Once you have mastered the basic business financial jargon, you can start using the data provided by business accounts to supply useful management information. The next point has previously been mentioned, but it so important that it now receives a second airing. Having access to an accountant who has better knowledge about accounts is a very valuable resource indeed, and it is worth investing time to locate one. Ask around for recommendations, and do not necessarily rely on impressively glossy brochures or a comprehensive website, for such things can easily be purchased and simply re-branded with a given firm’s name.
The Three main financial statements
The principal accounting statements are these:
. The profit and loss account, which shows the amount of profit or loss that a business has produced, or expectations of what is forecast to produce, for a stated period.
. The balance sheet, which shows the business assets and its liabilities as they exist at a fixed point. How much are funds in the bank, for example, and how much is owed to the business by its debtors, anyone who owes it money.
. The cash flow forecast, which slows expectations of when cash funds will be received by a business, and when it will be paid out, measured against a timeline.
Tips about Recruiting Accountant
Meet the individual who would be your day-to-day contact, check that the personal chemistry works, and check whether they can explain financial matters in ways that you understand. A good test here is practical one: ask them to explain how your business’s accounts would show things if a computer were purchases, for example.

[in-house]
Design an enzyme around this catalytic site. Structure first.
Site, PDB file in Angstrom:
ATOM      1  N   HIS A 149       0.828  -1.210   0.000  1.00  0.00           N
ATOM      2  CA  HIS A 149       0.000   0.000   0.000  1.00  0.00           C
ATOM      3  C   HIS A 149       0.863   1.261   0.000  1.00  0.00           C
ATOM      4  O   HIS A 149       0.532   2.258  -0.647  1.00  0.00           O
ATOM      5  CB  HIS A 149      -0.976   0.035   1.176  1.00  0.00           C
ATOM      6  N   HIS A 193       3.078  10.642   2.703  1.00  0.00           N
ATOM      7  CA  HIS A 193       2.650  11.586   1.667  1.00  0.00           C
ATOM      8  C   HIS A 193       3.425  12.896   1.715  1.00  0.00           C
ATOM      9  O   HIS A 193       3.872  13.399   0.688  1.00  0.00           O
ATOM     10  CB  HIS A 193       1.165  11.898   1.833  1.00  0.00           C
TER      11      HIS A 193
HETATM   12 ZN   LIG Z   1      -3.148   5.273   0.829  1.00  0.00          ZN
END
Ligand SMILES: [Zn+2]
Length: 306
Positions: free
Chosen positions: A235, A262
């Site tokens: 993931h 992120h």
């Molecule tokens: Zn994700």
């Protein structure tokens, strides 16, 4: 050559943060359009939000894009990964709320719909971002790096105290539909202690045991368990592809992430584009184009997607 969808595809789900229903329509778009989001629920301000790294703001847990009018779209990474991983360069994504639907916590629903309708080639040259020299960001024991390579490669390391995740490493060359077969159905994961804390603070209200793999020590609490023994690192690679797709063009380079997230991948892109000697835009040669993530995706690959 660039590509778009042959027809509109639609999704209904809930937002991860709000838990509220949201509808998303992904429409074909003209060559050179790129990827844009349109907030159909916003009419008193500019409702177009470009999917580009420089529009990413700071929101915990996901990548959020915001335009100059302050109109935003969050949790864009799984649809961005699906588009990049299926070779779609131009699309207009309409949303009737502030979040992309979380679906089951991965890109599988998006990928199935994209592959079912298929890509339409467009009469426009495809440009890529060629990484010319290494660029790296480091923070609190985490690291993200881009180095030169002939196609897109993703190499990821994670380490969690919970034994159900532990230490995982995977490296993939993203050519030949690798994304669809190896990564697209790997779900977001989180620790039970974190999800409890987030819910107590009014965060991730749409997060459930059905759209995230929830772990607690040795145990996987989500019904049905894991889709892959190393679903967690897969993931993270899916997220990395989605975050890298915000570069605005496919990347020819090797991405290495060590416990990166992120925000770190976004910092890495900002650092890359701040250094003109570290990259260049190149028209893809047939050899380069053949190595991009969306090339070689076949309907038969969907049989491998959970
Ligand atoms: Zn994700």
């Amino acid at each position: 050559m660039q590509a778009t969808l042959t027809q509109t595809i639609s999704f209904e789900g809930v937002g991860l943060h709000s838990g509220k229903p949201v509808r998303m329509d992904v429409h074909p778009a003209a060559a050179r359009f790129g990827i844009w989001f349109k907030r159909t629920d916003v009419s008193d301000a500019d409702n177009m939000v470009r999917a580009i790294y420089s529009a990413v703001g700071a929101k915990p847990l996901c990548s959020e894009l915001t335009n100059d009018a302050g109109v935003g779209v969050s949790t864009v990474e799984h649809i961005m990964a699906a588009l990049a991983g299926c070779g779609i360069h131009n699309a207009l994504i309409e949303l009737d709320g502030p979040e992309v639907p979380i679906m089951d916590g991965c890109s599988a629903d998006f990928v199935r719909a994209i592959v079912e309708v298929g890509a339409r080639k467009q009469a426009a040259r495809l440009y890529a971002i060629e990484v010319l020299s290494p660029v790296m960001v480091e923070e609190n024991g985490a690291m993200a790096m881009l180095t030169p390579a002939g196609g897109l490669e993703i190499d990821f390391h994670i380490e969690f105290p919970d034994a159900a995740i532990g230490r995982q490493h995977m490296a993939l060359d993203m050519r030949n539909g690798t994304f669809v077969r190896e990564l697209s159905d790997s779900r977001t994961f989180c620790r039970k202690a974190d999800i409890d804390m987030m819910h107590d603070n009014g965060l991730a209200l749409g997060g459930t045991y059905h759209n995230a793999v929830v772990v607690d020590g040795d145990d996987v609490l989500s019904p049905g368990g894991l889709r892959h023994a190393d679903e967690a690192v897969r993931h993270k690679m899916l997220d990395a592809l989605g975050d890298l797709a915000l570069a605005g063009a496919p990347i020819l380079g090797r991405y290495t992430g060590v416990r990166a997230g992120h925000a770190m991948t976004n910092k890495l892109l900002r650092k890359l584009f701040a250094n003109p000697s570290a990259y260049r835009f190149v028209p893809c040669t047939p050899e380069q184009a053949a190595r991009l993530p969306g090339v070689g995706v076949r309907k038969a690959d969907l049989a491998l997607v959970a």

A good starting place is to dispel a few common misunderstanding, to explain what accounts can do and what they cannot. First, cannot only measure those aspects of business activities that can be measured readily. Conventional accounts do not measure the value of all business assets, for example such as the dedication, loyalty and general levels of morale of employees. In fact, for people and knowledge based businesses it can readily be argued that the largest asset of all workforces is not valued at all in conventional accounting terms. Another gap may be that environmental costs, particularly longer term ones, are not brought into the reckoning by conventional business accounts. The problems lies not so much with the ability of finance and accounts to handle, for example, a measure of morale, it lies with an inability to obtain that measurement in a way that would stand up to objective scrutiny.
In general, accounts measure only those things that can be measured in financial terms, and things that can be measured on the short to medium term time horizon. Thus, although it is rather difficult to place an objective valuation upon the level of employee knowledge, or skill, or loyalty within a business, in situations where such a measure is readily available then accounts will accommodate it easily. Football club accounts do it as a matter of course when it comes to the costs of signing players, for example. Business accounts have a few limitations at the edges then, but at the core of accounting expertise and accounting practice there exist techniques that are extremely useful to support business decision making. Accounting and financial techniques allow management to ensure the financial health and well being of their businesses, and determine what funding resources are needed, and when. They enable management to monitor progress against targets, to measure and improve business efficiency, and to optimize utilization of the limited resources available.